Sunday, November 1, 2015


End of the month also means end of the Scare-A-Thon. And how'd I do?! The goal of 40 movies has successfully been achieved! Full recap of the entire month - with total amount raised for Planned Parenthood and Reach Counseling Services coming very soon.

But first, let's dive into the last round of viewings for the month.

29. ROMAN (2006) - First Time Viewing
Describing Roman as a morbid drama might be a little more accurate that labeling it a straight up horror movie. Actually, calling it a lo-fi, wannabe pretentious and art morbid drama would be better.

Roman is a loner who doesn't own a TV, works at a shit job, and likes to watch the girl who lives across the way (Kristen Bell). They have exhilarating conversations about how cans of pork and beans are assembled while Bell drinks her beer in a less than stellar fashion during her two scenes. Things start to get hot and heavy, and Roman kills her. He panics, hides the body, and now a different woman starts obsessing over him, but is he too haunted from the first girl to pursue a new one?

For those who enjoyed May (like myself), this is the film where May director Lucky McKee and actress Angela Bettis swap roles, McKee starting as the titular Roman and Bettis calling the shots. Roman could have made a decent short, however, it makes a lousy feature. At least with the script and execution we're given. It felt like a late '90s student film, at times trying to be somewhat experimental and abstract and more minimal than it should be. There were some nice music moments, though. I will give it that. Ultimately, the story isn't very fresh or stimulating, making for a dull, lack-luster experience.

30. THE HALLOW (2015) - First Time Viewing
Know what I love? Creature features. Give me some awesome looking practical monsters tearing shit up, and I'm pumped. Combine the creatures with folklore and you might as well be buttering me up. Know what else I love? Films set in the woods. Sure, they're almost done to the point of exhaustion, but that doesn't change my enjoyment of them. Know who I love? Michael fucking Smiley. Been a huge fan of him since I saw him cutting loose as Tyres in Spaced.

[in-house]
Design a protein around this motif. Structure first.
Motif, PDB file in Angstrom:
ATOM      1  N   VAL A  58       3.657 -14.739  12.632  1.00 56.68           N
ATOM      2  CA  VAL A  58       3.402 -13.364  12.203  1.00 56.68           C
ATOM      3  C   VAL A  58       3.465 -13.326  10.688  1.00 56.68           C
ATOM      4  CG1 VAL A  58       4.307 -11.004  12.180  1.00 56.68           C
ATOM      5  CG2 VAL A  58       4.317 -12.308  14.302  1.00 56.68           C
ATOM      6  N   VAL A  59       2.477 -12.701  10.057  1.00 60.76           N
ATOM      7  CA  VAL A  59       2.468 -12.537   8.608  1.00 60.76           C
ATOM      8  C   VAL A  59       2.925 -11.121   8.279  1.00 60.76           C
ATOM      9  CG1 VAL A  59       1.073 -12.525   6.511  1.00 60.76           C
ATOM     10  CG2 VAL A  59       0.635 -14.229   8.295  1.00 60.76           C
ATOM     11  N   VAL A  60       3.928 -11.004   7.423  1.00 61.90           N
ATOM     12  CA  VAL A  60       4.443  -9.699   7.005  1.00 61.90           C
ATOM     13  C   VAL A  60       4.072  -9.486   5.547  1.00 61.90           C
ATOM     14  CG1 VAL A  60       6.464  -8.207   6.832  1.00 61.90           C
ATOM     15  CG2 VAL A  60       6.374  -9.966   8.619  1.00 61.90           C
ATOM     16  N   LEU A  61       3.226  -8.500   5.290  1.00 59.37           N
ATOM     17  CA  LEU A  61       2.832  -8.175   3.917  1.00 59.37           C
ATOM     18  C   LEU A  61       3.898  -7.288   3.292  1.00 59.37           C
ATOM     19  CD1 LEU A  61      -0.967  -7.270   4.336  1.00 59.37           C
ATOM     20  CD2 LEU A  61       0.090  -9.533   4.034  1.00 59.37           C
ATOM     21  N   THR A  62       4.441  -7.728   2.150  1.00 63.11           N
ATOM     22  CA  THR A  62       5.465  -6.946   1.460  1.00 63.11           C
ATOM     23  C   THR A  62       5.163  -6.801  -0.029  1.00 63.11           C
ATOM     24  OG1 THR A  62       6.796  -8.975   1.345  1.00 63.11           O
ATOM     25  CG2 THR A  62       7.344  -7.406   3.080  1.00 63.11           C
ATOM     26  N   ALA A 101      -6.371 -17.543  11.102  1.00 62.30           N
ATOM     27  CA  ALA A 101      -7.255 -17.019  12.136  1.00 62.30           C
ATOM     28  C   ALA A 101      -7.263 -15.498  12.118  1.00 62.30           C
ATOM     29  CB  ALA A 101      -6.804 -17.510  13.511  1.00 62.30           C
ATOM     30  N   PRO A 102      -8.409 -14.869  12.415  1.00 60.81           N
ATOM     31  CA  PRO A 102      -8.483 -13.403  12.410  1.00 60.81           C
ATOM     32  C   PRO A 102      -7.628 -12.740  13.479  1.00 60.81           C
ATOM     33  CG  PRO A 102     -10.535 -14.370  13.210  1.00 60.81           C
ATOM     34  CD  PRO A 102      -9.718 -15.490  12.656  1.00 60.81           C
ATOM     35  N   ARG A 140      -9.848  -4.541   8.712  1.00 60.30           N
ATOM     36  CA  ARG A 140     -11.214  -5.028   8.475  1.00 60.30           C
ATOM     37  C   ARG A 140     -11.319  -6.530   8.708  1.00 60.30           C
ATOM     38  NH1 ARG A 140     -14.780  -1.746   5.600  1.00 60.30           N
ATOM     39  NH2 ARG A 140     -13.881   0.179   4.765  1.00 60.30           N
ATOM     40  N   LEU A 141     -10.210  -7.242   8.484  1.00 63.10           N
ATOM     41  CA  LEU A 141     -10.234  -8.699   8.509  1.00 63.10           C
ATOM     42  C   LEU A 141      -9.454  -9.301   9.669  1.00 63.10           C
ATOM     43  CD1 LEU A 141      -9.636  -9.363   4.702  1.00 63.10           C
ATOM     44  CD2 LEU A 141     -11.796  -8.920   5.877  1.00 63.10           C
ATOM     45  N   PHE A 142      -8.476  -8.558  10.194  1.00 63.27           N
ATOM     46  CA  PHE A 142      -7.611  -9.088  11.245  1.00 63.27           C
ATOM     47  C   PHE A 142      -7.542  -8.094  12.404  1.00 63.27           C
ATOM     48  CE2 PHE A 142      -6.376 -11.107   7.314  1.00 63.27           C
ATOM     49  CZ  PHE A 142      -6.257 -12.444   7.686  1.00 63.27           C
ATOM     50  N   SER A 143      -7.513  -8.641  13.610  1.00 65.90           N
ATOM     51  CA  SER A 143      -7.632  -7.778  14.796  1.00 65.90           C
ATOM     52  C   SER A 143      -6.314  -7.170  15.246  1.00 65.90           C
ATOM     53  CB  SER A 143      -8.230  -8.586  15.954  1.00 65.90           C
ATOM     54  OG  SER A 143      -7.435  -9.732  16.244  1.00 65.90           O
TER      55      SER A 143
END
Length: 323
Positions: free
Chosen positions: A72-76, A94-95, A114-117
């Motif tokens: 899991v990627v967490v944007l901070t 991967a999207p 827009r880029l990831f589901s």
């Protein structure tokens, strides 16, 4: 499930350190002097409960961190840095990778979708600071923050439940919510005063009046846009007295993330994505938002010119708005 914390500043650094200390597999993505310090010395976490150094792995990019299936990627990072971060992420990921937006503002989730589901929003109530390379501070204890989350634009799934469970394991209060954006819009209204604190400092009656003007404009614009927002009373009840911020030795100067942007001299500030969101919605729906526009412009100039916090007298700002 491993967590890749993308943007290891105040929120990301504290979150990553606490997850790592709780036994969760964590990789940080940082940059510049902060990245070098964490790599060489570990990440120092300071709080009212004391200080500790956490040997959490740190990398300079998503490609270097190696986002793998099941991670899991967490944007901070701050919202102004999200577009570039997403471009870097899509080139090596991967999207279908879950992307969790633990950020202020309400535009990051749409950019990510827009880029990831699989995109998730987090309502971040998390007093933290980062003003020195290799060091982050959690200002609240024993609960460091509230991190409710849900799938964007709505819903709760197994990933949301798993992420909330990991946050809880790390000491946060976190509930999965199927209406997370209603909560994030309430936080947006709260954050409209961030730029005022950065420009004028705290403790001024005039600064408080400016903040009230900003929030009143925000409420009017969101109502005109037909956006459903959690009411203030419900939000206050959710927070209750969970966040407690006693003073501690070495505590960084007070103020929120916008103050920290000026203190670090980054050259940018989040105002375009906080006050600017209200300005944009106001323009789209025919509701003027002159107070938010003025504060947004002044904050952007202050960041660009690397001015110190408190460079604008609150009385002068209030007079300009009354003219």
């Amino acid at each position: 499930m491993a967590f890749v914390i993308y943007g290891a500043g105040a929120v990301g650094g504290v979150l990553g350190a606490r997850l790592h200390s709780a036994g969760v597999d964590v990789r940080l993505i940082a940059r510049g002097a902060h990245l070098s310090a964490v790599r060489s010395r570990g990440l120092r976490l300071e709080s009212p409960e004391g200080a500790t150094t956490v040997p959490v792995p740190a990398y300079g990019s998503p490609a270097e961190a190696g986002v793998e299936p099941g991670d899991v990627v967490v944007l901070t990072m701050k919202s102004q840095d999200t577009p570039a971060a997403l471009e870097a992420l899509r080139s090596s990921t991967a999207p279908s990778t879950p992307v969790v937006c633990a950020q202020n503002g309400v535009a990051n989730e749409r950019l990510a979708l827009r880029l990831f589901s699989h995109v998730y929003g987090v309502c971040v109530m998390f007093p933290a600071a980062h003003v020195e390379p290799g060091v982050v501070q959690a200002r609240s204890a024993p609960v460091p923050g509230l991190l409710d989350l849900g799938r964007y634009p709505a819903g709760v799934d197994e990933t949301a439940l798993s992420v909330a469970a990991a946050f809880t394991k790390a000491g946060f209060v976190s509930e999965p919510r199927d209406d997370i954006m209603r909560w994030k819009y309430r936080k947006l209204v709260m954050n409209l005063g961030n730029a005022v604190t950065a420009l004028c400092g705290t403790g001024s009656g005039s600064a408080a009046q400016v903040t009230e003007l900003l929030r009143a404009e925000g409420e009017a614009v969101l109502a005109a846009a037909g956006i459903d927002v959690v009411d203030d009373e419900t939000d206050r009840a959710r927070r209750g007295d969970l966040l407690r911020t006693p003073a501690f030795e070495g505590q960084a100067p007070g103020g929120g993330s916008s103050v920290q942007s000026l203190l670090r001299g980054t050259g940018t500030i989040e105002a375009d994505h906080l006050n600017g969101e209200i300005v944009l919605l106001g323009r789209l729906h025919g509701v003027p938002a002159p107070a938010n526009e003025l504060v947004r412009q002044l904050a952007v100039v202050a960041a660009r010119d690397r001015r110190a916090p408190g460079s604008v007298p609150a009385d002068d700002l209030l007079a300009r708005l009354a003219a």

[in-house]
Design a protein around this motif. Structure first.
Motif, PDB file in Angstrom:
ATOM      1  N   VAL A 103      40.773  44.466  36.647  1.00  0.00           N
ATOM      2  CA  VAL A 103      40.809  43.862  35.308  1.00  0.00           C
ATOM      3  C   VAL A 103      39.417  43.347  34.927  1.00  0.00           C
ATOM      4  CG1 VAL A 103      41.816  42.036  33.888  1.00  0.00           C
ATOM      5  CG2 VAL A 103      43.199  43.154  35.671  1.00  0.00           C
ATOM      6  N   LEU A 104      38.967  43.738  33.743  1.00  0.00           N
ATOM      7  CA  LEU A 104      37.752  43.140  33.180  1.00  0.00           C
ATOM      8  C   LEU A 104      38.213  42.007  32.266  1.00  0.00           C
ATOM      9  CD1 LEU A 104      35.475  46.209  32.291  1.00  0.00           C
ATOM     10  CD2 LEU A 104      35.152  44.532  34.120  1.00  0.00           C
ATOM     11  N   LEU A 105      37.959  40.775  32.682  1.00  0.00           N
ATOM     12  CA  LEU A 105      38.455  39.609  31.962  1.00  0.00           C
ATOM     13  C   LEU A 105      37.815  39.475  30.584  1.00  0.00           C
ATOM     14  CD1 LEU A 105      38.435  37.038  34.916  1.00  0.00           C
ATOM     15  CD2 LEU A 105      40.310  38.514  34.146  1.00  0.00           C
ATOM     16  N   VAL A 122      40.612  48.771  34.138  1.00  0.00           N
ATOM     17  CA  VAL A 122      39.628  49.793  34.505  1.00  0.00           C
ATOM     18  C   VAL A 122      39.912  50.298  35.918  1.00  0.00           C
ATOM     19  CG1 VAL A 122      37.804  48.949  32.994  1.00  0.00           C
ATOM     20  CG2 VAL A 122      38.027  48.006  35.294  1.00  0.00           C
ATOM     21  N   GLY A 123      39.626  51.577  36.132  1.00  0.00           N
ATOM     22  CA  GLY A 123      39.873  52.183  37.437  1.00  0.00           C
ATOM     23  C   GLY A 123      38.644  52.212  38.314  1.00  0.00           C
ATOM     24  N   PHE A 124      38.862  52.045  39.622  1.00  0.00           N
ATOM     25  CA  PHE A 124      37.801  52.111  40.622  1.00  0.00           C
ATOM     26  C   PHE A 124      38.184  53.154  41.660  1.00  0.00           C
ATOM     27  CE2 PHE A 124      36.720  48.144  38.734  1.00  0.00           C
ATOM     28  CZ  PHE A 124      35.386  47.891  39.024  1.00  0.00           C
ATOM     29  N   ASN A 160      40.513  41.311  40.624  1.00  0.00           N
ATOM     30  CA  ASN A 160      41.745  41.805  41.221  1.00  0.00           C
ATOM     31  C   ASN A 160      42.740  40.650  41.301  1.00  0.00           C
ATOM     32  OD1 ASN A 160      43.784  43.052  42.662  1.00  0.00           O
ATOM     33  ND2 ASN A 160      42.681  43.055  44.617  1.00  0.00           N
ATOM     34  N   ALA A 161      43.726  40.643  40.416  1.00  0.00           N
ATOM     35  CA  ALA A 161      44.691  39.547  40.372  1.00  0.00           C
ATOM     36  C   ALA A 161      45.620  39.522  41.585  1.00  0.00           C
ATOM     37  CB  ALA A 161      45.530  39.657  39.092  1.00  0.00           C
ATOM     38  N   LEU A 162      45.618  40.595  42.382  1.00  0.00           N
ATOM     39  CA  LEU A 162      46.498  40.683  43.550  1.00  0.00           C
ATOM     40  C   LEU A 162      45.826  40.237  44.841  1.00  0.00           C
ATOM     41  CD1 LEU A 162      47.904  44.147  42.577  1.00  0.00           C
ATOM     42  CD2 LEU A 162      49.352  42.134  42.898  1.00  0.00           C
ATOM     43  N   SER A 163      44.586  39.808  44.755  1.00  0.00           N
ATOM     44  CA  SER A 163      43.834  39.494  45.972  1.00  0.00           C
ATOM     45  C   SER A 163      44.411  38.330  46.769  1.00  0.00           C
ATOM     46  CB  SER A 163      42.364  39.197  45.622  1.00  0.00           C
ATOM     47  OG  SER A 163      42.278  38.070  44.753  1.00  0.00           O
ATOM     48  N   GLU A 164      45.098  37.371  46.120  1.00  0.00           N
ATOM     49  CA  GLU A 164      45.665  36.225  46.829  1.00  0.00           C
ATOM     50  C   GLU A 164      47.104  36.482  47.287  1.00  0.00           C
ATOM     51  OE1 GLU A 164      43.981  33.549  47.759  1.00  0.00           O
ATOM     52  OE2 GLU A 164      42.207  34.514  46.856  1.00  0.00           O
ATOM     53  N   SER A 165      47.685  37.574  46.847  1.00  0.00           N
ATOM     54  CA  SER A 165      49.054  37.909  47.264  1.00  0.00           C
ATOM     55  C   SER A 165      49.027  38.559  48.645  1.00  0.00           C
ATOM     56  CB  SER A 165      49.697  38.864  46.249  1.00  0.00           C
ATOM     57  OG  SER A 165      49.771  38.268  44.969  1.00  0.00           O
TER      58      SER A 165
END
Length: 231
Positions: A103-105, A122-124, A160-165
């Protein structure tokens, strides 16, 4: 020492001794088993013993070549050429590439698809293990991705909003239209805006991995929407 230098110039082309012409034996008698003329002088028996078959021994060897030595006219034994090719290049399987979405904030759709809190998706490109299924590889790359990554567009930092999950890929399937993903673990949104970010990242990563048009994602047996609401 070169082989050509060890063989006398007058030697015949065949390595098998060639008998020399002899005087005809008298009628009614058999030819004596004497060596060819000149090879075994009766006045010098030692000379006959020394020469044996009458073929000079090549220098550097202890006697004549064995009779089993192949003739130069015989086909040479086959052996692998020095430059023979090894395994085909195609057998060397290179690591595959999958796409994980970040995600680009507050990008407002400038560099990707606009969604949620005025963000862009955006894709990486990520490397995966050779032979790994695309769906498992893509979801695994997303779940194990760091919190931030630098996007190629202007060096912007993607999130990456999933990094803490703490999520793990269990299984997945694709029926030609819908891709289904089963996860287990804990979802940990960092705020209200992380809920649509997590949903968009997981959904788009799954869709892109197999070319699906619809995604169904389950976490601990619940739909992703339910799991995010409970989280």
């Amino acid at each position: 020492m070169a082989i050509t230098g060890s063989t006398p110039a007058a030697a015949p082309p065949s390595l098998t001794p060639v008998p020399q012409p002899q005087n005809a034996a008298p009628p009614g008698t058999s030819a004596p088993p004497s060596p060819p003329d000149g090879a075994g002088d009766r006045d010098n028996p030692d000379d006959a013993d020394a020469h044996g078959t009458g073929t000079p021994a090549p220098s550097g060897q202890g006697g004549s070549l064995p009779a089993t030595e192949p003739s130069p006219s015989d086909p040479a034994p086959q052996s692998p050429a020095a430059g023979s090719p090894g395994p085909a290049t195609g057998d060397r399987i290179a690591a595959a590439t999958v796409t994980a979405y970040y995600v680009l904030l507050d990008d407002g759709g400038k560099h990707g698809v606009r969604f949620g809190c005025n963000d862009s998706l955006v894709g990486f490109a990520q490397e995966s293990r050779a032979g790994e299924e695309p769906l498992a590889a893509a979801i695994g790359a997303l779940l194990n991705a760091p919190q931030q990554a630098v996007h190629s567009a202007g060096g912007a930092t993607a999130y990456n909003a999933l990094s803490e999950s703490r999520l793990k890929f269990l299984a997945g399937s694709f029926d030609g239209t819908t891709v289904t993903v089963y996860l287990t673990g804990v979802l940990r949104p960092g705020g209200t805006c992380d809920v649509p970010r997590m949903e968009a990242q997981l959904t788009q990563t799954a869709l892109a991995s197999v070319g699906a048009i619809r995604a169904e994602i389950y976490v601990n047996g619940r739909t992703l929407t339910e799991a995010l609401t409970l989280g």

What would happen if all of those elements were thrown together into one film? Well, in the case of The Hallow, it would be far less greet than I'd hope for.

There is some great stuff in this film, let me make that clear. The creatures, the hallow, look super gnarly and their full introduction (when we first get to see them) is incredibly effective and creepy. The cinematography isn't anything too out of the ordinary, but it's slick and competent, adequately utilizing the sets, locations, and lights quite often. The performances were acceptable, the minimal amount of actors performed well enough. And at one point, a character wraps cloth around a sickle, pours some gasoline on it, and lights it up. A flaming sickle might just be the coolest fucking weapon I've seen in a long time.

So where did The Hallow fall short? For starters, Michael Smiley was nothing but a bit cameo. He was on screen for a total of four minutes, maybe six. Criminally disappointing. Okay, that's just me being a fanboy. Now, I am admittedly an asshole for saying this, but I could not give two shits about anyone in the movie because the whole story is basically resolves around a married couple trying to protect their baby. I have ZERO paternal instinct and no desire or ability to ever have kids (thank you, vasectomy), not to mention I am single, so the context of the film fell super flat for me. I didn't care what happened to anyone. In fact, I started rooting for the creatures so then I wouldn't have to deal with the mom's idiocies. For real, she was the worst. Towards the end of the film, a pretty interesting and cool open-ended question is presented, which in a way could have redeemed the film for me, but was answered almost immediately (and not how I wanted it to be), sucking the potential fun out of it for me.

When all is said and done, I just wish there was more substance to latch on to (aka something more than me supposed to feel for two parents), even the slightest bit would have been fine. The Hallow was completely hollow. I'm sure most people would have shown compassion for the couple, which goes to show the problems weren't so much the film's, rather my own.

31. WHEN ANIMALS DREAM (2015) - First Time Viewing
Marie, who lives at home with her dad and gravely ill mother, visits the doctor to inquire about a questionable rash on her chest. The doctor assure her it's nothing to worry about, but wants to see her in a month. In that time, she gets job processing fish and taking interest in a few of her male co-workers. As she gives in to her lustful feelings, the rash and her whole body begin transforming into something else.